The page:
“The Greatest Nation in the History of the Earth”
That’s what Mitt Romney calls the United States. Is he right? A historical investigation.
Mitt Romney is into America. His bus is emblazoned with the slogan “Believe in America” and he likes to contrast himself to an incumbent who (allegedly) “fundamentally believes the next century is the post-American century.” But Romney doesn’t just believe America is the best country in the world, he believes it is “the greatest nation in the history of the earth.”
So is it? Does America really deserve Romney’s lustful ardor?
In the summer of 2010, Newsweek concluded that Finland, followed by Switzerland, is the best country on earth, citing a composite score based on education, health, quality of life, economic dynamism, and political environment. One could also argue quality of life per se determines the best country, in which case the winner by Newsweek’s metric is Norway. America ranked No. 11 overall and No. 9 on quality of life. The United Nations’ Human Development Index has us at No. 4, behind Australia, the Netherlands, and—again—Norway. The Heritage Foundation’s Index of Economic Freedom likes Singapore and Hong Kong the best, but we’ll nix them as candidates for overall bestness for their lack of political freedom. Then come Australia, New Zealand, Switzerland, Canada, Ireland, Denmark, and finally the United States.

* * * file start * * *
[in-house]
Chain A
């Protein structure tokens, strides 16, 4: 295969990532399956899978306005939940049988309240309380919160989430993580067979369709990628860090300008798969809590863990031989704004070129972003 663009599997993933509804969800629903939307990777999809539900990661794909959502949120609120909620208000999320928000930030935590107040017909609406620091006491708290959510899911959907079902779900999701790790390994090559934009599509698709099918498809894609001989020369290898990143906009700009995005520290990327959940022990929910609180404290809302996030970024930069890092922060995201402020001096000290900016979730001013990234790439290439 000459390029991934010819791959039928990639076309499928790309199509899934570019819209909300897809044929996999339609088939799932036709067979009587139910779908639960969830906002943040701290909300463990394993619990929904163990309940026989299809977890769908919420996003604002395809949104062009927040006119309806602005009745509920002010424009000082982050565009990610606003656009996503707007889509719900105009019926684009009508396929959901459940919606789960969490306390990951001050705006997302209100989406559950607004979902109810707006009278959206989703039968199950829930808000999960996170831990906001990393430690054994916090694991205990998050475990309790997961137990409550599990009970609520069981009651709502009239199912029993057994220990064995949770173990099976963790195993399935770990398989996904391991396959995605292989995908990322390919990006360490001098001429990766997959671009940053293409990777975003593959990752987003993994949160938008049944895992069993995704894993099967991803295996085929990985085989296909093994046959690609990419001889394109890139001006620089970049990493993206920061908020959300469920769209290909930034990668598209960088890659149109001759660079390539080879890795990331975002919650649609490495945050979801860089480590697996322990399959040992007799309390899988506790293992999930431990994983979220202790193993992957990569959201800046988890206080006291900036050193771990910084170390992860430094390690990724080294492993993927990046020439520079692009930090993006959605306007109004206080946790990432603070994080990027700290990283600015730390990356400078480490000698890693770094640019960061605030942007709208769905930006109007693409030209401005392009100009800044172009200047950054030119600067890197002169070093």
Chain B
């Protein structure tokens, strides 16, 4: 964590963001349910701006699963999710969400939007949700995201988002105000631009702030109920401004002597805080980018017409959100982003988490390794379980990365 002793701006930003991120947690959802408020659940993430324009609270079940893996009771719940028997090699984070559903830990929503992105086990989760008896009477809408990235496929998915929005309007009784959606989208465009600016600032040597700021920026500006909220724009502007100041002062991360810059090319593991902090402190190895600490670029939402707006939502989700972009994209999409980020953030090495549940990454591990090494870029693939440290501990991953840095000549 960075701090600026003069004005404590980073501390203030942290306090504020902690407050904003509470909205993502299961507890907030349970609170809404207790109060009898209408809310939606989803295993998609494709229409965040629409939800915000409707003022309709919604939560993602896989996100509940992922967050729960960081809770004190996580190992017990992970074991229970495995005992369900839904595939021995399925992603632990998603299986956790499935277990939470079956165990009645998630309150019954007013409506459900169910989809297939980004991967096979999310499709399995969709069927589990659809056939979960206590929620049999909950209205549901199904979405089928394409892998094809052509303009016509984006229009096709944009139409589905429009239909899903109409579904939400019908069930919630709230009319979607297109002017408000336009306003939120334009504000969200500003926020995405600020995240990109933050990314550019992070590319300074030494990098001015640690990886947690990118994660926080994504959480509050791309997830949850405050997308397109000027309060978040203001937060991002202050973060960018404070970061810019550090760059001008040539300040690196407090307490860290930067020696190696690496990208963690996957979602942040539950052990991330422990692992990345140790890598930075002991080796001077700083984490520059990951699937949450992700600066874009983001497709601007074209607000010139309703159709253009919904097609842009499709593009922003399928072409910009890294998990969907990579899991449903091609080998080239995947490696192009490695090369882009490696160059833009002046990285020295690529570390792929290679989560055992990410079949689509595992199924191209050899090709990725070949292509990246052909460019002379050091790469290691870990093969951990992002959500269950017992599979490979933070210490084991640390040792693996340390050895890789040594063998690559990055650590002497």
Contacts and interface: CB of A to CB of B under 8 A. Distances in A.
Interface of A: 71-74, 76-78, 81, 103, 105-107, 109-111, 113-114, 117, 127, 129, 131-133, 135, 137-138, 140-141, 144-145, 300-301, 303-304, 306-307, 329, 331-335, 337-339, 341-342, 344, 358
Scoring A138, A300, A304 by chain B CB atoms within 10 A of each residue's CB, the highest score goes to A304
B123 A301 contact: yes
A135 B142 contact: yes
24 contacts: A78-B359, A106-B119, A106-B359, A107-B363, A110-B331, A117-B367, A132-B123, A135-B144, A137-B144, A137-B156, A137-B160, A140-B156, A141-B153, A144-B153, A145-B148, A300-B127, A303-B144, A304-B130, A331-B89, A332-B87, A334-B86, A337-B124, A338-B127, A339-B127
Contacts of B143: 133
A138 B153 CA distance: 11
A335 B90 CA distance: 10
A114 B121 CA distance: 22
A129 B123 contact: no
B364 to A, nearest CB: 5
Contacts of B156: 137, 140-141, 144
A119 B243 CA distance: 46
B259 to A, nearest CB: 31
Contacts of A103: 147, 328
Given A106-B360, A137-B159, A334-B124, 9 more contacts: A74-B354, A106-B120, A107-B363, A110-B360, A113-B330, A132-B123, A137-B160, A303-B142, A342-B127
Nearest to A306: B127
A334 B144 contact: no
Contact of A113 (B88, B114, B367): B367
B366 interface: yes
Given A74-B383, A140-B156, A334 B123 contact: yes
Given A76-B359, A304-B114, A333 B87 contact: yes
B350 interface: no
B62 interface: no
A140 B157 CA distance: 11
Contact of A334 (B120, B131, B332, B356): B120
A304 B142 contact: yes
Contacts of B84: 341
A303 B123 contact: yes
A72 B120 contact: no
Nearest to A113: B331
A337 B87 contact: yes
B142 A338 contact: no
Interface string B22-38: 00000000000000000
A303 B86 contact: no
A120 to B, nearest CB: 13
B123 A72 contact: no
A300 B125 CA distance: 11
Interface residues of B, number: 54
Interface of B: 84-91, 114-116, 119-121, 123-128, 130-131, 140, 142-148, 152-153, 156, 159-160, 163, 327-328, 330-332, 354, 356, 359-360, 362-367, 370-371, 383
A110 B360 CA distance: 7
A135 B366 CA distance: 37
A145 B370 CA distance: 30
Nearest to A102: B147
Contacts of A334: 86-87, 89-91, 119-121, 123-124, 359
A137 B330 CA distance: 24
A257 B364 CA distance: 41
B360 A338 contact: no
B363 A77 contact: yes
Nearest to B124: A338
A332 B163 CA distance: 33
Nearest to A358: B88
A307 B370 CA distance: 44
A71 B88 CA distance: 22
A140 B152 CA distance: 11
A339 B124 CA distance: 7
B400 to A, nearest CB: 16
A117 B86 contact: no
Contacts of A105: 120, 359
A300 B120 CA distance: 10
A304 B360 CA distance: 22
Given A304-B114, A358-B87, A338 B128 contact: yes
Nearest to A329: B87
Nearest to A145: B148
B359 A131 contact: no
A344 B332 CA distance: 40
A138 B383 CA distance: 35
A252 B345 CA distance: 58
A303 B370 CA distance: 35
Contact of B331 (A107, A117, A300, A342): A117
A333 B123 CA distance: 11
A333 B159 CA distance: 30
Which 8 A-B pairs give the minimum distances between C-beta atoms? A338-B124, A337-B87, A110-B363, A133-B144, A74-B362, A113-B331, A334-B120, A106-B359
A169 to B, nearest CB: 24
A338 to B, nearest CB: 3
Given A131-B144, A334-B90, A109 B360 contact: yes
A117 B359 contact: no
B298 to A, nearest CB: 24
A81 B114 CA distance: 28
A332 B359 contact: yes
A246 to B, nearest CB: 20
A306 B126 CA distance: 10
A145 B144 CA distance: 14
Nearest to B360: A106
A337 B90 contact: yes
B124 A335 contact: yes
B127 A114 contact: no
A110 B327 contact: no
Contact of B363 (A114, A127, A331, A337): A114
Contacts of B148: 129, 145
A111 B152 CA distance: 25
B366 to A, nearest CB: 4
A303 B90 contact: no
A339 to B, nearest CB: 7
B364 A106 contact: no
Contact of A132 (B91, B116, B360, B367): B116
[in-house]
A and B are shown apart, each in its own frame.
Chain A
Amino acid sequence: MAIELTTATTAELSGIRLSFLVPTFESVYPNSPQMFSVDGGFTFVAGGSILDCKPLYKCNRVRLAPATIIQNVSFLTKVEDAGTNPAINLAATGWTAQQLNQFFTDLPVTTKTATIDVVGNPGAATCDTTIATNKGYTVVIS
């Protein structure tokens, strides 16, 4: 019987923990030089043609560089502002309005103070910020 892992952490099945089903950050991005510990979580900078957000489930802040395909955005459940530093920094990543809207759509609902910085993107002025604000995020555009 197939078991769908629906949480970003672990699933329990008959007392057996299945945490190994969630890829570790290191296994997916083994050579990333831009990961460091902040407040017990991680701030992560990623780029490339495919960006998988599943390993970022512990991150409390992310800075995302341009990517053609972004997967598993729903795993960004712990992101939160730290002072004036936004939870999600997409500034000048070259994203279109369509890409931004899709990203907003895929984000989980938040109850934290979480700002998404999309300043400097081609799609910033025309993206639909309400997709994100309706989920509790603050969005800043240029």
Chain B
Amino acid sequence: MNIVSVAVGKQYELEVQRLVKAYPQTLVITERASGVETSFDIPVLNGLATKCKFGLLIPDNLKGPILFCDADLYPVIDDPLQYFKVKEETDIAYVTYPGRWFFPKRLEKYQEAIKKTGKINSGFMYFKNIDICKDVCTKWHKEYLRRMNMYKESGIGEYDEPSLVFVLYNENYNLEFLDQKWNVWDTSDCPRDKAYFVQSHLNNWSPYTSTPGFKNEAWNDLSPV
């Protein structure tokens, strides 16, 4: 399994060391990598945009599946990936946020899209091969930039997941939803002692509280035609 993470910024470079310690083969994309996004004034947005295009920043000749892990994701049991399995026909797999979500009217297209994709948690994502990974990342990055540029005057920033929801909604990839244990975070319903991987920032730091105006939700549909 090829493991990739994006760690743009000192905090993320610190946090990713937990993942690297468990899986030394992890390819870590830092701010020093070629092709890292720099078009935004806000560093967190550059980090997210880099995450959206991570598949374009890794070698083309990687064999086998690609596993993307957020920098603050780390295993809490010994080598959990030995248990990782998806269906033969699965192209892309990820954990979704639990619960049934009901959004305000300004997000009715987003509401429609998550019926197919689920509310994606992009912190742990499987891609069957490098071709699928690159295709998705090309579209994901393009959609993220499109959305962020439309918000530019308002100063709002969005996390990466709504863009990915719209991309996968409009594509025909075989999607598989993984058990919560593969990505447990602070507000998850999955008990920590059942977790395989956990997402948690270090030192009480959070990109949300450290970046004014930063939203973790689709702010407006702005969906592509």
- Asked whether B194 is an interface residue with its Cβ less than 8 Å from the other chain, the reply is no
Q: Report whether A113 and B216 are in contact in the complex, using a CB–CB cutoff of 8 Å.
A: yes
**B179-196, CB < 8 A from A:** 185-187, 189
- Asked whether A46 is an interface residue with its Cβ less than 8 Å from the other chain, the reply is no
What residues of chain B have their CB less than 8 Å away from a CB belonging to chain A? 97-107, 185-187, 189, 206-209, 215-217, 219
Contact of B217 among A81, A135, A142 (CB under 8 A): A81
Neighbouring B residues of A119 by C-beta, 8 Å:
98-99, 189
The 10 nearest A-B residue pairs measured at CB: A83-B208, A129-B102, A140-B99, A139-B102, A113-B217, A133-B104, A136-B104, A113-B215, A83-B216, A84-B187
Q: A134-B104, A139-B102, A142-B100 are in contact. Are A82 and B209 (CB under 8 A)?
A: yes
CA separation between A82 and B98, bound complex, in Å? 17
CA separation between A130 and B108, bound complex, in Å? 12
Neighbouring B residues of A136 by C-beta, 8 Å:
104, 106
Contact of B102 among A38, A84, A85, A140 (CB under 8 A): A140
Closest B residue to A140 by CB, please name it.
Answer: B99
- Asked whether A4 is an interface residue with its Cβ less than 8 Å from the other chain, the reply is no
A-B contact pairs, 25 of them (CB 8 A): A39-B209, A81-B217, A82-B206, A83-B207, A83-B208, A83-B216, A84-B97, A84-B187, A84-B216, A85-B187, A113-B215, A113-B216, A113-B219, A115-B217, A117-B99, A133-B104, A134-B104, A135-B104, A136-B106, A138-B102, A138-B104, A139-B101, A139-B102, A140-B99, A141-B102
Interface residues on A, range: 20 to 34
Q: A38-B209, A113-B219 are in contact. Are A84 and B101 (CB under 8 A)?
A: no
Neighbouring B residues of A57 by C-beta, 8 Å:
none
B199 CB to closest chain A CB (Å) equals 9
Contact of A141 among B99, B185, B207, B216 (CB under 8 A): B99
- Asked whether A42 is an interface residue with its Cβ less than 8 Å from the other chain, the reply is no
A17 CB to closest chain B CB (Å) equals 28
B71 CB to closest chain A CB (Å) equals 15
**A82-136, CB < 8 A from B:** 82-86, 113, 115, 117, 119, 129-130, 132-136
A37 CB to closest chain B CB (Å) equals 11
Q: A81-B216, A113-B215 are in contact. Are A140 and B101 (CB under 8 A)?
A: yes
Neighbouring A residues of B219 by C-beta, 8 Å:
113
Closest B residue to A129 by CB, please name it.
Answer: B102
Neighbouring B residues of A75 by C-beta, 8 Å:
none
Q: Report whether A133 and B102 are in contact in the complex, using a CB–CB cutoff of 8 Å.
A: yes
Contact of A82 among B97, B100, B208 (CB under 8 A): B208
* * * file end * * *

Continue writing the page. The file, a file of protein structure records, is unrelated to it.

You can slice these numbers different ways, but they deliver the same message: America is awesome, but not really No. 1. Depending on how you squint at it, one or more Nordic countries (sometimes joined by Switzerland or the Netherlands) always beat us, as does at least one of the “America-lite” Anglophone countries. To our credit, we’re really big and Norway and Australia are tiny. If you adjust awesomeness for population size, it’s clear that we lead the world in aggregate living standards, much as we lead it in GDP, military might, and other indicators. Our combination of size and prosperity leaves others in the dust.
Romney’s claim, however, is historical. We’re not just the greatest nation around today, but the greatest nation ever. For real?
Read the full story here: Slate Magazine
- Jerome Karabel: ‘American Exceptionalism’ and the Battle for the Presidency (huffingtonpost.com)